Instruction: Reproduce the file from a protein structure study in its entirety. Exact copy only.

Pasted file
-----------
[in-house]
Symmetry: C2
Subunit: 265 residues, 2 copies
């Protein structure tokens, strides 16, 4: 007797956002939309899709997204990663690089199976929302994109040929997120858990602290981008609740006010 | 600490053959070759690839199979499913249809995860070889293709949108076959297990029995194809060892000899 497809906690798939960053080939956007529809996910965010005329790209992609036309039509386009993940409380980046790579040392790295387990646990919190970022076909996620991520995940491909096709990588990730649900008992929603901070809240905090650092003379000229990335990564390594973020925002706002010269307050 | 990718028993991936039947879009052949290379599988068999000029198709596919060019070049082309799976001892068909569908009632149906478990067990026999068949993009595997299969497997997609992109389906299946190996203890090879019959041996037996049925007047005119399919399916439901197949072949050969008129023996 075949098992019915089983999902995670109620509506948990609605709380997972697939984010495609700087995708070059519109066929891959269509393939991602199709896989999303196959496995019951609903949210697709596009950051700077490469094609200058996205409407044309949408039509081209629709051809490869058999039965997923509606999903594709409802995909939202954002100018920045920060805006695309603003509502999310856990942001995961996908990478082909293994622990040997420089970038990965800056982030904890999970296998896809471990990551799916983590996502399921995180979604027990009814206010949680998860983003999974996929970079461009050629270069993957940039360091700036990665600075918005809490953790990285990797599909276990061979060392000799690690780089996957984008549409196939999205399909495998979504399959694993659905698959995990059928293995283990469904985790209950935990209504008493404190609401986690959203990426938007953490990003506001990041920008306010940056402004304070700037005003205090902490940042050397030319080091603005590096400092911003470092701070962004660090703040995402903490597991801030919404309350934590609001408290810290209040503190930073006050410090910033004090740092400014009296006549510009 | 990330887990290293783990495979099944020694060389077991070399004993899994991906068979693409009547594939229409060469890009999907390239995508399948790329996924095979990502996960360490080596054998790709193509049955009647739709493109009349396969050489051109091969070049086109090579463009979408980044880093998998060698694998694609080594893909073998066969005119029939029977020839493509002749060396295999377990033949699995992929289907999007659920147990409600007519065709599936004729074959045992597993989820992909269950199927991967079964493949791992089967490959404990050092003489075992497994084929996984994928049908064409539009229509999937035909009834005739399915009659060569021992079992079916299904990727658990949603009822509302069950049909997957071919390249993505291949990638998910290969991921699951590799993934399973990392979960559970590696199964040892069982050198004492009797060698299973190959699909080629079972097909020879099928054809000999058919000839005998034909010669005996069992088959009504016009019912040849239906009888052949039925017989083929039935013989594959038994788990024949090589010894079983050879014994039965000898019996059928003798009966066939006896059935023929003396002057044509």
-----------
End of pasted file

[in-house]
Symmetry: C2
Subunit: 265 residues, 2 copies
């Protein structure tokens, strides 16, 4: 007797956002939309899709997204990663690089199976929302994109040929997120858990602290981008609740006010 | 600490053959070759690839199979499913249809995860070889293709949108076959297990029995194809060892000899 497809906690798939960053080939956007529809996910965010005329790209992609036309039509386009993940409380980046790579040392790295387990646990919190970022076909996620991520995940491909096709990588990730649900008992929603901070809240905090650092003379000229990335990564390594973020925002706002010269307050 | 990718028993991936039947879009052949290379599988068999000029198709596919060019070049082309799976001892068909569908009632149906478990067990026999068949993009595997299969497997997609992109389906299946190996203890090879019959041996037996049925007047005119399919399916439901197949072949050969008129023996 075949098992019915089983999902995670109620509506948990609605709380997972697939984010495609700087995708070059519109066929891959269509393939991602199709896989999303196959496995019951609903949210697709596009950051700077490469094609200058996205409407044309949408039509081209629709051809490869058999039965997923509606999903594709409802995909939202954002100018920045920060805006695309603003509502999310856990942001995961996908990478082909293994622990040997420089970038990965800056982030904890999970296998896809471990990551799916983590996502399921995180979604027990009814206010949680998860983003999974996929970079461009050629270069993957940039360091700036990665600075918005809490953790990285990797599909276990061979060392000799690690780089996957984008549409196939999205399909495998979504399959694993659905698959995990059928293995283990469904985790209950935990209504008493404190609401986690959203990426938007953490990003506001990041920008306010940056402004304070700037005003205090902490940042050397030319080091603005590096400092911003470092701070962004660090703040995402903490597991801030919404309350934590609001408290810290209040503190930073006050410090910033004090740092400014009296006549510009 | 990330887990290293783990495979099944020694060389077991070399004993899994991906068979693409009547594939229409060469890009999907390239995508399948790329996924095979990502996960360490080596054998790709193509049955009647739709493109009349396969050489051109091969070049086109090579463009979408980044880093998998060698694998694609080594893909073998066969005119029939029977020839493509002749060396295999377990033949699995992929289907999007659920147990409600007519065709599936004729074959045992597993989820992909269950199927991967079964493949791992089967490959404990050092003489075992497994084929996984994928049908064409539009229509999937035909009834005739399915009659060569021992079992079916299904990727658990949603009822509302069950049909997957071919390249993505291949990638998910290969991921699951590799993934399973990392979960559970590696199964040892069982050198004492009797060698299973190959699909080629079972097909020879099928054809000999058919000839005998034909010669005996069992088959009504016009019912040849239906009888052949039925017989083929039935013989594959038994788990024949090589010894079983050879014994039965000898019996059928003798009966066939006896059935023929003396002057044509």